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US general says conditions for Islamist extremism still linger

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Chairman of the Joint Chiefs of Staff General Joseph Dunford
The top US general said on Tuesday that little progress had been made in dealing with the underlying conditions that have given rise to armed Islamist militants, even as military gains have been made against groups like Islamic State in Iraq and Syria.

"Little progress has been made in addressing the underlying conditions that lead to violent extremism," said Marine General Joseph Dunford, chairman of the Joint Chiefs of Staff.

US-backed forces and Iraqi militias liberated nearly all of the territory that ISIS once controlled in Iraq and Syria.

"Challenges remain in our political, our military, our intelligence, and our law enforcement cooperation despite the fact that we've had some positive trends and cooperation, clearly there is much more to be done," said Dunford, who was speaking during a conference countering violent extremism.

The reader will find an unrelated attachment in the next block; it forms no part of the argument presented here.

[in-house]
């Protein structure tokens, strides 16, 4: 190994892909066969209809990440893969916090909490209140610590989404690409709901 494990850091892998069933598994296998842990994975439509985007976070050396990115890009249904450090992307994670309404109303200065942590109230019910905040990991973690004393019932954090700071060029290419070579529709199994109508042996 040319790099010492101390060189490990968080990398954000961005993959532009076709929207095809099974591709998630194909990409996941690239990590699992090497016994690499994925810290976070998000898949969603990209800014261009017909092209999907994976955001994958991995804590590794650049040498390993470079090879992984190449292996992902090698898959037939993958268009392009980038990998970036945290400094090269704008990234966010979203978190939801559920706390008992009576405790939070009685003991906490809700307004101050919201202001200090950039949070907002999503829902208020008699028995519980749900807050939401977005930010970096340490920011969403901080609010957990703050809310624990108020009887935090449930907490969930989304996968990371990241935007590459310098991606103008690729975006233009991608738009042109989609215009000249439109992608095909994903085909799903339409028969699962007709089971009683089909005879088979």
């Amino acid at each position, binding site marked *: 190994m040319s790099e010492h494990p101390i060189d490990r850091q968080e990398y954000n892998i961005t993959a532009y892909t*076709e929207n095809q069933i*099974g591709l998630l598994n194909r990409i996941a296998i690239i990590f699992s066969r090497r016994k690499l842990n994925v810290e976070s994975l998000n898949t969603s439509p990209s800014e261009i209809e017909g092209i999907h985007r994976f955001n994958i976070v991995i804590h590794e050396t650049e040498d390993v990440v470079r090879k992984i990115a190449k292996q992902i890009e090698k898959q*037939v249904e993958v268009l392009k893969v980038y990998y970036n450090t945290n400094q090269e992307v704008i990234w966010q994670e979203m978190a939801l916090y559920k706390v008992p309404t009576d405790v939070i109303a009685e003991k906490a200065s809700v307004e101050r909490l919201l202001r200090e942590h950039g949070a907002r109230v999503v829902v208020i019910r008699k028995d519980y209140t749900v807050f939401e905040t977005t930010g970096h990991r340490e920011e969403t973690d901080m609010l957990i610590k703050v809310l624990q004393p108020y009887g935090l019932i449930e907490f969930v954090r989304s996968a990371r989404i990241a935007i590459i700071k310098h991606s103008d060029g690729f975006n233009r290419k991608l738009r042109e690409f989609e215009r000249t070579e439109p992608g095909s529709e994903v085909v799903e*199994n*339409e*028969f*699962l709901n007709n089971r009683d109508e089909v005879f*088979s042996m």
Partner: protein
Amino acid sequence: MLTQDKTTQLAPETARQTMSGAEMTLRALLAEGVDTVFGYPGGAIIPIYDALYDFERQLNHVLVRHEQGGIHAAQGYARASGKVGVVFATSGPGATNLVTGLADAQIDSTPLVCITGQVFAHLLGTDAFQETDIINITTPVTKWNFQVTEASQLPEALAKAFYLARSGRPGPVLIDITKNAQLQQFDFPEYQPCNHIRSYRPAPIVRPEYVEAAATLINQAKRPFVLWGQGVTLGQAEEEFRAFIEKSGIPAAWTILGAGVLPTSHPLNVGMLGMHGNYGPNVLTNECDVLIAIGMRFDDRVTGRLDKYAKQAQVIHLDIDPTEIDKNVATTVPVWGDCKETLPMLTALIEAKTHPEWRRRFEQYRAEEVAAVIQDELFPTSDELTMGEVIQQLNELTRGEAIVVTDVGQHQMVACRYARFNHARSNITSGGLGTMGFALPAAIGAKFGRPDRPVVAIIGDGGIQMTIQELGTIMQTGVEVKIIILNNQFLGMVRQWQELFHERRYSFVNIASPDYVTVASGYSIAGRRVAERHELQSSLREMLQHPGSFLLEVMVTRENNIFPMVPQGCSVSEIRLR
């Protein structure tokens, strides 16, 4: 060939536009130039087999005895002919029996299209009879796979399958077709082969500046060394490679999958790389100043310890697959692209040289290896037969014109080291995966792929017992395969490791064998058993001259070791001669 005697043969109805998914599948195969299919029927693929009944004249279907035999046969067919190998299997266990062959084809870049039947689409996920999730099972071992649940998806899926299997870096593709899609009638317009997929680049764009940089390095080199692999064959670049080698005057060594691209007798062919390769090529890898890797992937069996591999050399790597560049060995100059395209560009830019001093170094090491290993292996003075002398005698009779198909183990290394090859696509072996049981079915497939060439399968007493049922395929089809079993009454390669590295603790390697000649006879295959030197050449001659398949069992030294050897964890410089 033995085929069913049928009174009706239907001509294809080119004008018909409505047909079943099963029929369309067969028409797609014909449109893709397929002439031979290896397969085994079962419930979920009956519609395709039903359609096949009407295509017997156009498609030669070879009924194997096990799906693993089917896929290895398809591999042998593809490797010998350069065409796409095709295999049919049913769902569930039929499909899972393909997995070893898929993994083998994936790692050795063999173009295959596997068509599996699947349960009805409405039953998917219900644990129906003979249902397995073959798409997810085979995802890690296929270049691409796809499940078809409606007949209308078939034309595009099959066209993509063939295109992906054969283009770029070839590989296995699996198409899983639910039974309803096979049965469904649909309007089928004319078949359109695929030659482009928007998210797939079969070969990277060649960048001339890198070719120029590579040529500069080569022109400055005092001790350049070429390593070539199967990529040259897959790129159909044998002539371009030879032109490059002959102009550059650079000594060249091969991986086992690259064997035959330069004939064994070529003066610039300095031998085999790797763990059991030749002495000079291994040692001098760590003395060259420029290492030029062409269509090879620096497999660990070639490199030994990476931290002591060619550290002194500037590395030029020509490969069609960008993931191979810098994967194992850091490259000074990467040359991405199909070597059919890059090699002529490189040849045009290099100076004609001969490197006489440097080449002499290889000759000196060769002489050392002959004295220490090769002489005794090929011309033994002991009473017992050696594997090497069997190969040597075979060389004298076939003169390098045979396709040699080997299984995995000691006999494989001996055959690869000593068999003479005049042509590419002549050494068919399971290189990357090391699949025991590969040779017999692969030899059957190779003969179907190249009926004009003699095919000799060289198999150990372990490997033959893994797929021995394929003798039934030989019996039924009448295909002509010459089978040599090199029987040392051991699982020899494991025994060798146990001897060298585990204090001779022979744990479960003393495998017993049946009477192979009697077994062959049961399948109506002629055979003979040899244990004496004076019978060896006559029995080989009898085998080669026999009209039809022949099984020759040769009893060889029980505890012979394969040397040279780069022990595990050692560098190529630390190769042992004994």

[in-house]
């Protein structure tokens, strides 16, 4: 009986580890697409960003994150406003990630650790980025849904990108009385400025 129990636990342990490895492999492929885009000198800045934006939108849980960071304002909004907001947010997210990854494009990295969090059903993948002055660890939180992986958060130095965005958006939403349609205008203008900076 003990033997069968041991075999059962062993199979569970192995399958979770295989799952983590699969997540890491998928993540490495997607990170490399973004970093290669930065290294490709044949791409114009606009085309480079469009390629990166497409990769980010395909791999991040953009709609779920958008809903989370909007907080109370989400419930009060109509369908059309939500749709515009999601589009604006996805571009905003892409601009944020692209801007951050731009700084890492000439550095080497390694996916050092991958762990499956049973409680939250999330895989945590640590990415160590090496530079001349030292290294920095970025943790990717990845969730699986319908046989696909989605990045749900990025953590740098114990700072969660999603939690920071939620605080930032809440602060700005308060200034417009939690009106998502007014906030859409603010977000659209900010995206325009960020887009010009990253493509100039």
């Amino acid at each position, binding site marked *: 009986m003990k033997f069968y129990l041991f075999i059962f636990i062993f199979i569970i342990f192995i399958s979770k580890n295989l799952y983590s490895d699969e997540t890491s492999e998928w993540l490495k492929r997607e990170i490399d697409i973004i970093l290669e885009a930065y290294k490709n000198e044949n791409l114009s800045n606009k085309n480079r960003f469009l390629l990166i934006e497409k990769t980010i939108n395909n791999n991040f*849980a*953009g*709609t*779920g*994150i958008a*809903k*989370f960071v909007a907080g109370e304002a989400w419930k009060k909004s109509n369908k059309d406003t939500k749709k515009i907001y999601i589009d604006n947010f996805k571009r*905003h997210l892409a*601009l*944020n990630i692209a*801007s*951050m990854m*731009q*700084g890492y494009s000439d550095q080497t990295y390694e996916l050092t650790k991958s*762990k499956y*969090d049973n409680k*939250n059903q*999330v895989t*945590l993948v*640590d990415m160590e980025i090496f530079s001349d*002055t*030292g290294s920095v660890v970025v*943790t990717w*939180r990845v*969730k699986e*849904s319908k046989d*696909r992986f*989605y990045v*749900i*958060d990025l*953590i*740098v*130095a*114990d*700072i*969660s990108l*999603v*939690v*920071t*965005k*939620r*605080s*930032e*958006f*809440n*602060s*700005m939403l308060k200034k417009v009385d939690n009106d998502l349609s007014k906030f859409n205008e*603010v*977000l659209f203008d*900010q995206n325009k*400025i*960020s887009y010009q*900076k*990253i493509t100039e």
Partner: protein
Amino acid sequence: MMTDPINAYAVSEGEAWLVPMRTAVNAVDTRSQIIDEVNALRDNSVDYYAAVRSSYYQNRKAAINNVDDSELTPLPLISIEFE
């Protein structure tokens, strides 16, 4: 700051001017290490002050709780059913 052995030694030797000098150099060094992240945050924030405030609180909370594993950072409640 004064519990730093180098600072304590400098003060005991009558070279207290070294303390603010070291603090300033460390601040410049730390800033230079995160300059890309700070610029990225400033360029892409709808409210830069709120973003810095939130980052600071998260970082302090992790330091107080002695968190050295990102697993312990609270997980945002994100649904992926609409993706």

One of the issues facing US-backed forces in Syria is the large number of foreign fighters being detained.

The US military says the Syrian Democratic Forces (SDF), an alliance of Kurdish and Arab fighters led by the Kurdish YPG militia, is holding about 700 foreign fighters and attempting to repatriate them back to their home countries.

In a report earlier this year, the State Department warned that ISIS, al-Qaeda and its affiliates have adapted by dispersing and becoming less vulnerable to military action after the United States and its partners made "major strides" against the armed Islamist groups.

ISIS, al-Qaeda and their affiliates, however, "have proven to be resilient, determined and adaptable, and they have adjusted to heightened counter-terrorism pressure in Iraq, Syria, Afghanistan, Libya, Somalia, Yemen and elsewhere," the report said.

"Perhaps the greatest challenge facing us today is the danger of complacency," Dunford said. 
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